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Ohio grandma becomes a lifeguard to keep community pool open amid worker shortage

A grandmother from Ohio emerged from her retirement to secure a summer position as a lifeguard, aiming to guarantee the operation of her local swimming pool despite a shortage of personnel nationwide.

According to local news Fox19, Gail Rodgers, 66, accepted the new position after the Montgomery Towne Condominiums, where she lives and acts as the head of the board, faced the prospect of decreasing pool hours due to a shortage of lifeguards.

Rodgers worked as a lifeguard during her teenage years and made a choice to test if she could wear the crimson attire once more, over five decades later.

“I thought, ‘Well, I did this lifeguard thing back in the late ’60s’ so I thought maybe I can do this again,” she said to Good Morning America.

Rodgers completed all the required courses and acquired certification last year following successful completion of the physical examination.

Her recently appointed superior, chief executive officer of Cincinnati Pool Management Jeff Blume, stated that the examination is not a simple task.

“[Lifeguard candidates] have to swim a 300-yard length and that is 12 laps at a traditional swimming pool. They have to tread water for the allotted amount of time and then they have to swim a length and then submerge and grab a 10-pound brick off the bottom of the pool,” Jeff Blume stated to the morning show.

Rodgers, a parent of two and grandmother of three, successfully completed all sections and commenced her role as a part-time lifeguard on May 27 — substituting for the other guards when they require leave.

Ohio grandma becomes a lifeguard to keep community pool open amid worker shortage
In regards to her adolescence as a lifeguard, Gail Rodgers expressed, “I did the lifeguard thing back in the late ’60s’ so I thought maybe I can do this again.” (Gail Rodgers)

She said to Fox 19 that, “There’s a need out there and there’s a population that can fill that need. “I think it’s great to be able to sit outside and enjoy the nice weather. It keeps you in shape, you find out you can do things you weren’t really sure you could do like swim 300 yards.”

Blume expressed that Rodgers is a “joy” to have as part of the team, further stating that lifeguarding is not merely a profession for her but rather an encounter.

“We love her enthusiasm, we’re happy she’s here,” he noted. “She brings a new perspective to the lifeguarding world.”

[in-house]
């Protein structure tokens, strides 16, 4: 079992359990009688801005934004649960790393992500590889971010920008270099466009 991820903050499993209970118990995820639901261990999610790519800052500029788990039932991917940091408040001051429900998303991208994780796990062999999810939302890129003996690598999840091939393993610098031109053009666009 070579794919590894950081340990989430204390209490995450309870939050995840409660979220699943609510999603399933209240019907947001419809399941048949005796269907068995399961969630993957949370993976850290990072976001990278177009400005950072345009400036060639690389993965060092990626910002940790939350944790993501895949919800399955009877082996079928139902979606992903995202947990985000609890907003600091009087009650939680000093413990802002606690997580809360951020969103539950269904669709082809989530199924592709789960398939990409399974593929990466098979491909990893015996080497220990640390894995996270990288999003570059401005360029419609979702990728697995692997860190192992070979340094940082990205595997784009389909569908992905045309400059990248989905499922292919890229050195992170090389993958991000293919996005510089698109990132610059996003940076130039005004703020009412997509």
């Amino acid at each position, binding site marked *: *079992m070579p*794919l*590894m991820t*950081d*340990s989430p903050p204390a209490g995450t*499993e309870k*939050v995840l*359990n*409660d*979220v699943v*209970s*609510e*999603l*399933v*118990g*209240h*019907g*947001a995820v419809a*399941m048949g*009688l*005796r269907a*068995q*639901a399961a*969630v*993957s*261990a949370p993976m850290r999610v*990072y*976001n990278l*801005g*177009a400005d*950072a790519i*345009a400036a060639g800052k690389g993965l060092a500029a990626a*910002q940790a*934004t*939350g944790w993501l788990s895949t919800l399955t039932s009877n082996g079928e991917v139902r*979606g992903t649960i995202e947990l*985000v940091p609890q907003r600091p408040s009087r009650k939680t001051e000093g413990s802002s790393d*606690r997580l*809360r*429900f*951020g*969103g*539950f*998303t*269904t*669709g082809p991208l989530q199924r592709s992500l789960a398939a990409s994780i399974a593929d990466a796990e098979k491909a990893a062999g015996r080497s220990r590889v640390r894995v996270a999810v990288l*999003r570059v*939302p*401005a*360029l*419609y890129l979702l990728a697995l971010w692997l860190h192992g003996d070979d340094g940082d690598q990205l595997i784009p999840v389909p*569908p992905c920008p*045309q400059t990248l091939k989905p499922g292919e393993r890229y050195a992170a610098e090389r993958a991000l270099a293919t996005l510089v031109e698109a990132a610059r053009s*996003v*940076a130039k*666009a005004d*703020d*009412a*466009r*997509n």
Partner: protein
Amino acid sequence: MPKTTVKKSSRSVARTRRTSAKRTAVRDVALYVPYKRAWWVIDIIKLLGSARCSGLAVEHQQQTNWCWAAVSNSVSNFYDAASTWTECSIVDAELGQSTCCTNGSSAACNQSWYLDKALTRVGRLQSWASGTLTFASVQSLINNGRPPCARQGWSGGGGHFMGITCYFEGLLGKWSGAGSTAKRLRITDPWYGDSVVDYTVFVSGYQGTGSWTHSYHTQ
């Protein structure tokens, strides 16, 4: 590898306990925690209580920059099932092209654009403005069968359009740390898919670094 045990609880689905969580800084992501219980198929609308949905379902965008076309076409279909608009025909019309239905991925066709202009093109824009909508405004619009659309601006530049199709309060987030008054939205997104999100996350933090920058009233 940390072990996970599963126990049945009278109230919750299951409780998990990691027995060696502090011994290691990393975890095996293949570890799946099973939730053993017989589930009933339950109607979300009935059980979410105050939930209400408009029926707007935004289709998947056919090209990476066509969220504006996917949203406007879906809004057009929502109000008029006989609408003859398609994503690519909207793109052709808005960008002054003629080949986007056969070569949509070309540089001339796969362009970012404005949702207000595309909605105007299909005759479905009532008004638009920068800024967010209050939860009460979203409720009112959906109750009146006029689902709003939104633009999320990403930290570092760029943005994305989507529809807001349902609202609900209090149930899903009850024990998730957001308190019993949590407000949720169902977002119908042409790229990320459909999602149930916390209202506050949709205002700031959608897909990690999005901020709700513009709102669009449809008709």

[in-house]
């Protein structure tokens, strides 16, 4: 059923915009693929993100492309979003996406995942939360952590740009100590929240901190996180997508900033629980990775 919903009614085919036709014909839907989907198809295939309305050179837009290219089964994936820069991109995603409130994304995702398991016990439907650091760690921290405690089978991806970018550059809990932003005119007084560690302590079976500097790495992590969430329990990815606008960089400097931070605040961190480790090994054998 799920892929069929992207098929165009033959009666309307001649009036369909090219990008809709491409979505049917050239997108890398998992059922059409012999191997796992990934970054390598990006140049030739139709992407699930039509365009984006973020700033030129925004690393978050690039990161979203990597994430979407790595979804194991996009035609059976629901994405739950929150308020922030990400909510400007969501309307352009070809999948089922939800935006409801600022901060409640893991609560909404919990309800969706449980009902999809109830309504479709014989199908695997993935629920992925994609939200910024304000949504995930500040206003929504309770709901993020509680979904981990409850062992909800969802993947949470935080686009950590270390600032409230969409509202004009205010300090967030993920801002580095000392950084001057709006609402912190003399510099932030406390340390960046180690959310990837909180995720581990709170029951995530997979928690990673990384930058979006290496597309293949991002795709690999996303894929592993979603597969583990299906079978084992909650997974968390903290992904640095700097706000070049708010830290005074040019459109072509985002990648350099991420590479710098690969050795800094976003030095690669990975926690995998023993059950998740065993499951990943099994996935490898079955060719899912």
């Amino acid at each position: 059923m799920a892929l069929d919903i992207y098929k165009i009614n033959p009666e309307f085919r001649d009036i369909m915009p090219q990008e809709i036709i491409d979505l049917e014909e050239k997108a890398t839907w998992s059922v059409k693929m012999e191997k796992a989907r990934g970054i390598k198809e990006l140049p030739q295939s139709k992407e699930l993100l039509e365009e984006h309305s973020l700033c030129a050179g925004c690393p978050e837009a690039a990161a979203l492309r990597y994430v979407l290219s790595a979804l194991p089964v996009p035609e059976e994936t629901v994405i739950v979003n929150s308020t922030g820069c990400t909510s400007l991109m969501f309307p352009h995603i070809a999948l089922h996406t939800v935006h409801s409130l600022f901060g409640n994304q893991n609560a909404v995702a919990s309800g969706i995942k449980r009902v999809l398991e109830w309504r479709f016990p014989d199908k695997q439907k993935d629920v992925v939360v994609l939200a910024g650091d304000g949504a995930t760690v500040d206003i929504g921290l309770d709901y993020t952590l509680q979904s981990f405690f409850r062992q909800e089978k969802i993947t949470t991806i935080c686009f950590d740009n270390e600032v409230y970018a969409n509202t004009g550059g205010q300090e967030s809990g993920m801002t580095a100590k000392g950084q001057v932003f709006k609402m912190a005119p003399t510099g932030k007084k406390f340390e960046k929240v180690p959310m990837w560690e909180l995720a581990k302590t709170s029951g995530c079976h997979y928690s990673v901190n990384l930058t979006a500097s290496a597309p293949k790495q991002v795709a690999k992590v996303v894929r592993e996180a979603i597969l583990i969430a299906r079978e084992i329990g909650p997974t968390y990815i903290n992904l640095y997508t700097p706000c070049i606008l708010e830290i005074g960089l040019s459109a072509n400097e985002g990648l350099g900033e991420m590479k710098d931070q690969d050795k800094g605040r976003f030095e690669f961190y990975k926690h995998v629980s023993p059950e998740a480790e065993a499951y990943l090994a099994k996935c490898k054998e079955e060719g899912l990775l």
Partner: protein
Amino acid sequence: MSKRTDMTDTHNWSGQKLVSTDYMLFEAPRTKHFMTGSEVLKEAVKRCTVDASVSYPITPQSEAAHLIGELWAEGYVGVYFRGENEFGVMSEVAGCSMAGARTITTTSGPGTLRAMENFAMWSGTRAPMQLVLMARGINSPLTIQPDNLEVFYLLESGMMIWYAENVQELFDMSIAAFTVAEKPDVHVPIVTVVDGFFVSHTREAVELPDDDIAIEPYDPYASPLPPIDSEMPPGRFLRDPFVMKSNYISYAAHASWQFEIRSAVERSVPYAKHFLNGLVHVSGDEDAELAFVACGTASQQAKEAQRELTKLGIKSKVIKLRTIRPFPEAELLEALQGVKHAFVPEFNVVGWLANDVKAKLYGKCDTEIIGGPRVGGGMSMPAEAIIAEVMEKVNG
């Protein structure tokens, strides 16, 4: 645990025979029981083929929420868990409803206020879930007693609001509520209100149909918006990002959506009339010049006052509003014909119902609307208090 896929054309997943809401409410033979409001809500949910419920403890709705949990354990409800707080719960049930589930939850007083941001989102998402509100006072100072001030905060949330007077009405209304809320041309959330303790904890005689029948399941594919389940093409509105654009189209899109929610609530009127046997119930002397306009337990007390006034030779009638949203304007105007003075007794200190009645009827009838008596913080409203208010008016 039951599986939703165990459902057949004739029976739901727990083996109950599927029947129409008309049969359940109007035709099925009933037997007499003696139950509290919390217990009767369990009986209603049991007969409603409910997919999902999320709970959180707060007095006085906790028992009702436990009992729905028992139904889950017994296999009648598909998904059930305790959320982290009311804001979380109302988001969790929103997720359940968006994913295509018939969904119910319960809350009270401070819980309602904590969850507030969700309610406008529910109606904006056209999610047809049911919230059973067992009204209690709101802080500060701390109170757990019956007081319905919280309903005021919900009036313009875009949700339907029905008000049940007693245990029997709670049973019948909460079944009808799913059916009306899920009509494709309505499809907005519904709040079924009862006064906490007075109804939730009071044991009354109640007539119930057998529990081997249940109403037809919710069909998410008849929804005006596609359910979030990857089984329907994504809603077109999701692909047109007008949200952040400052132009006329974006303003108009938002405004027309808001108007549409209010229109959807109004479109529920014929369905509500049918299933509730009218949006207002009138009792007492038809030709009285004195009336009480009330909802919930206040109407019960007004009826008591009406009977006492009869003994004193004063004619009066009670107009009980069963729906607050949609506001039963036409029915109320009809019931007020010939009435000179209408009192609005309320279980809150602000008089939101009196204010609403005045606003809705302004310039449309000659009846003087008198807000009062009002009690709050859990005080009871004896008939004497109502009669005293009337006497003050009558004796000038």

Ohio grandma becomes a lifeguard to keep community pool open amid worker shortage
Gail Rodgers successfully completed every course and obtained certification in the preceding year upon clearing the physical examination. (WXIX)

Rodgers additionally mentioned that she is relishing her fresh occupation, “It’s been fun watching the kids playing with their parents and people enjoying the nice weather in the pool. It’s been a lot better and more pleasant than I expected it to be.”

She intends to increase her workload during the latter part of summer as her junior colleagues return to school.

Rodgers suggested that other seniors and elderly individuals should contemplate lifeguarding primarily because the entire nation is struggling with a scarcity of lifeguards.

Gail Rodgers said, “I hadn’t done a lot of swimming in a long time so I was a little concerned myself, but I think a lot of people could be doing this, and it might be good for them to get out and do this even. It pays well. You can set your own schedule. Doesn’t get much better than that.”

But is it really a shortage of workers, or just more corporate greed leading to a shortage of wage increases?

Kyle James Lee

Majority Owner of The AEGIS Alliance. I studied in college for Media Arts, Game Development. Talents include Writer/Article Writer, Graphic Design, Photoshop, Web Design and Development, Video Production, Social Media, and eCommerce.

4 Comments

    1. Daniel Miester Last line in my article: But is it really a shortage of workers, or just more corporate greed leading to a shortage of wage increases?

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